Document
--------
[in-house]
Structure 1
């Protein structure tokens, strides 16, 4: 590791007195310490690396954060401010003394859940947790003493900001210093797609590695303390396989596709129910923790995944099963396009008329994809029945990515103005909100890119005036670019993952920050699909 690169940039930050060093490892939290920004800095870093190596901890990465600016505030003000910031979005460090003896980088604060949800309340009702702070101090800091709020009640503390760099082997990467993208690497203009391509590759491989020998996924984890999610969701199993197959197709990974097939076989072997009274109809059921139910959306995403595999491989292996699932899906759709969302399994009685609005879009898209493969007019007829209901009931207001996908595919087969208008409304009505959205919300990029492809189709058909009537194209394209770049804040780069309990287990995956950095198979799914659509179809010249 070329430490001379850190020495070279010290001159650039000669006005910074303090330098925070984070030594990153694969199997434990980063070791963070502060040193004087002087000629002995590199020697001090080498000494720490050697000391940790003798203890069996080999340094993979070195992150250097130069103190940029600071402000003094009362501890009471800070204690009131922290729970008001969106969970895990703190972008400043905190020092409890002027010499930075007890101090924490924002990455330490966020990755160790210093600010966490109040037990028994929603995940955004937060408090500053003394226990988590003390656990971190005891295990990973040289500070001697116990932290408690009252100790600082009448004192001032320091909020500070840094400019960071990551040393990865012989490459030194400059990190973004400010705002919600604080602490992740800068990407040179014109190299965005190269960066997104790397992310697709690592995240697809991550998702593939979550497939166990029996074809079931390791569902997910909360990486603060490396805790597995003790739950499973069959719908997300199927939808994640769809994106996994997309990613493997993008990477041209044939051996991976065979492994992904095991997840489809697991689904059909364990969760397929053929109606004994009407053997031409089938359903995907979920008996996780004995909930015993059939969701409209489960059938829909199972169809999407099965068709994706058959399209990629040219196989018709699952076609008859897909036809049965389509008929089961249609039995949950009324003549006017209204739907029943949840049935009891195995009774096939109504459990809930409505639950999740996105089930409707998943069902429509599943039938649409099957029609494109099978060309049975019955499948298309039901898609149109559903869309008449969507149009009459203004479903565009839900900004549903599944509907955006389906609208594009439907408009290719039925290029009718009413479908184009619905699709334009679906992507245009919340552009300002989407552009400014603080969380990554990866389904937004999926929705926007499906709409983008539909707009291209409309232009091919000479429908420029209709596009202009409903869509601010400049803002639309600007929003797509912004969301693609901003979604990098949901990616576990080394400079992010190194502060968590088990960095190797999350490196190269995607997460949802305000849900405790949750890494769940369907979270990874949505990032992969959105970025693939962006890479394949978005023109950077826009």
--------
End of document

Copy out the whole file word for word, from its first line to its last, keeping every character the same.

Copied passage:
[in-house]
Structure 1
């Protein structure tokens, strides 16, 4: 590791007195310490690396954060401010003394859940947790003493900001210093797609590695303390396989596709129910923790995944099963396009008329994809029945990515103005909100890119005036670019993952920050699909 690169940039930050060093490892939290920004800095870093190596901890990465600016505030003000910031979005460090003896980088604060949800309340009702702070101090800091709020009640503390760099082997990467993208690497203009391509590759491989020998996924984890999610969701199993197959197709990974097939076989072997009274109809059921139910959306995403595999491989292996699932899906759709969302399994009685609005879009898209493969007019007829209901009931207001996908595919087969208008409304009505959205919300990029492809189709058909009537194209394209770049804040780069309990287990995956950095198979799914659509179809010249 070329430490001379850190020495070279010290001159650039000669006005910074303090330098925070984070030594990153694969199997434990980063070791963070502060040193004087002087000629002995590199020697001090080498000494720490050697000391940790003798203890069996080999340094993979070195992150250097130069103190940029600071402000003094009362501890009471800070204690009131922290729970008001969106969970895990703190972008400043905190020092409890002027010499930075007890101090924490924002990455330490966020990755160790210093600010966490109040037990028994929603995940955004937060408090500053003394226990988590003390656990971190005891295990990973040289500070001697116990932290408690009252100790600082009448004192001032320091909020500070840094400019960071990551040393990865012989490459030194400059990190973004400010705002919600604080602490992740800068990407040179014109190299965005190269960066997104790397992310697709690592995240697809991550998702593939979550497939166990029996074809079931390791569902997910909360990486603060490396805790597995003790739950499973069959719908997300199927939808994640769809994106996994997309990613493997993008990477041209044939051996991976065979492994992904095991997840489809697991689904059909364990969760397929053929109606004994009407053997031409089938359903995907979920008996996780004995909930015993059939969701409209489960059938829909199972169809999407099965068709994706058959399209990629040219196989018709699952076609008859897909036809049965389509008929089961249609039995949950009324003549006017209204739907029943949840049935009891195995009774096939109504459990809930409505639950999740996105089930409707998943069902429509599943039938649409099957029609494109099978060309049975019955499948298309039901898609149109559903869309008449969507149009009459203004479903565009839900900004549903599944509907955006389906609208594009439907408009290719039925290029009718009413479908184009619905699709334009679906992507245009919340552009300002989407552009400014603080969380990554990866389904937004999926929705926007499906709409983008539909707009291209409309232009091919000479429908420029209709596009202009409903869509601010400049803002639309600007929003797509912004969301693609901003979604990098949901990616576990080394400079992010190194502060968590088990960095190797999350490196190269995607997460949802305000849900405790949750890494769940369907979270990874949505990032992969959105970025693939962006890479394949978005023109950077826009």